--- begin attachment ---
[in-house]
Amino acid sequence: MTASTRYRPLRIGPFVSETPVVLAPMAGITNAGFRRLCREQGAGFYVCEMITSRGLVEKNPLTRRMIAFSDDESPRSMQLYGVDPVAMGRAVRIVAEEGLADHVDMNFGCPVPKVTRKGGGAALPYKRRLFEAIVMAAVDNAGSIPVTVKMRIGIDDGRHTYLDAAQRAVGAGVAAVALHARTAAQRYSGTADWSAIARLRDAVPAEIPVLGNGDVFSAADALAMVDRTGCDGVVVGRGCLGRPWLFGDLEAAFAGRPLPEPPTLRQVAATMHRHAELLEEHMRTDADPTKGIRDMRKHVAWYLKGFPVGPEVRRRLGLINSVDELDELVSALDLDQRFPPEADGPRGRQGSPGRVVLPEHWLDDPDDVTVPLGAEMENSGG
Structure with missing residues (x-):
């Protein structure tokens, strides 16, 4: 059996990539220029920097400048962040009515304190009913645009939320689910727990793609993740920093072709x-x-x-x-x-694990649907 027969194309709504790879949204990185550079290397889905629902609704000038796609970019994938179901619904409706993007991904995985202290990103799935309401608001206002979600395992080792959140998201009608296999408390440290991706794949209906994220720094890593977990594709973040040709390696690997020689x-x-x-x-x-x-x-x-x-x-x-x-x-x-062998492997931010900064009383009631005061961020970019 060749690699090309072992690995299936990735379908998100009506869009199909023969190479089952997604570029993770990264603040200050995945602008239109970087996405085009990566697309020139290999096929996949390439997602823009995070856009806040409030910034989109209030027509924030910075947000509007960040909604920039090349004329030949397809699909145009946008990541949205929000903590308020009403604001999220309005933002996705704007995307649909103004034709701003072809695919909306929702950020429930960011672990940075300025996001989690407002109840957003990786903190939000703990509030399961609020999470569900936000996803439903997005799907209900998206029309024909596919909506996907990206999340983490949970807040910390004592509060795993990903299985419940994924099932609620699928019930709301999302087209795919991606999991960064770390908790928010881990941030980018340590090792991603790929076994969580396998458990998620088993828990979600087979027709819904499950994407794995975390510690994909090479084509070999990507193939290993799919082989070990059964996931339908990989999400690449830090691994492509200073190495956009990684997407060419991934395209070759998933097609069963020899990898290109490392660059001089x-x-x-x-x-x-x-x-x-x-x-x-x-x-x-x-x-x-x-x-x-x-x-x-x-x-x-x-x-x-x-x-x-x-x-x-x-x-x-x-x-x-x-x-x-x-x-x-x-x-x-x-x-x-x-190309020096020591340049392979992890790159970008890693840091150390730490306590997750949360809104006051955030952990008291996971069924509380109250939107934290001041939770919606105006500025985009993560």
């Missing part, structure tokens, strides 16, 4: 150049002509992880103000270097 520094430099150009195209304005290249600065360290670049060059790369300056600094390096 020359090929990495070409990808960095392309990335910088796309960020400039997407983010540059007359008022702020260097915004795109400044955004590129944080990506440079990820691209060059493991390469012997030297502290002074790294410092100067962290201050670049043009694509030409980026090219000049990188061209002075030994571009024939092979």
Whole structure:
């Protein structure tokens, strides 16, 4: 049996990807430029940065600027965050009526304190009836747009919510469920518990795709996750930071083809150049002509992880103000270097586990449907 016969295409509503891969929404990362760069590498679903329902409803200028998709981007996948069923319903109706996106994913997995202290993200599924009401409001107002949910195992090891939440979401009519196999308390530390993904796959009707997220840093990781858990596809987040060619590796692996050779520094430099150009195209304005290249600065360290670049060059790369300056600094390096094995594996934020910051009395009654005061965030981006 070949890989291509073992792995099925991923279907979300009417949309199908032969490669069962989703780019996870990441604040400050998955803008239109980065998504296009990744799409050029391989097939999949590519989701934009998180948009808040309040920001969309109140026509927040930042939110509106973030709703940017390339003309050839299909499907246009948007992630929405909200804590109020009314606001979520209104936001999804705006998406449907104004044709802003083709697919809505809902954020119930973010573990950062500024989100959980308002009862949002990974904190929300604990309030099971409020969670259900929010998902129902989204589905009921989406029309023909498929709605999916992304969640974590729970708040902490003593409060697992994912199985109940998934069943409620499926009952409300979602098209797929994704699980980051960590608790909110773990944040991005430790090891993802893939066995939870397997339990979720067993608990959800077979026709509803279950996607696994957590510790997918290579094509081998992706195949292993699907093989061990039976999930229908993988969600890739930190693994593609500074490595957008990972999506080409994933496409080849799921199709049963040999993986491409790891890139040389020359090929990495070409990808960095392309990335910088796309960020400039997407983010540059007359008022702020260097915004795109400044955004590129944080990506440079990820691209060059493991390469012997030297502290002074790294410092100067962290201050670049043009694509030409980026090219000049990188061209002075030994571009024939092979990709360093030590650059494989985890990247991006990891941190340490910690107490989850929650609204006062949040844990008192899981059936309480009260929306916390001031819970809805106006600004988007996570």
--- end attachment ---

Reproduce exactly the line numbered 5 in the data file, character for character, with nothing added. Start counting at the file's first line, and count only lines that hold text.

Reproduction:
């Missing part, structure tokens, strides 16, 4: 150049002509992880103000270097 520094430099150009195209304005290249600065360290670049060059790369300056600094390096 020359090929990495070409990808960095392309990335910088796309960020400039997407983010540059007359008022702020260097915004795109400044955004590129944080990506440079990820691209060059493991390469012997030297502290002074790294410092100067962290201050670049043009694509030409980026090219000049990188061209002075030994571009024939092979």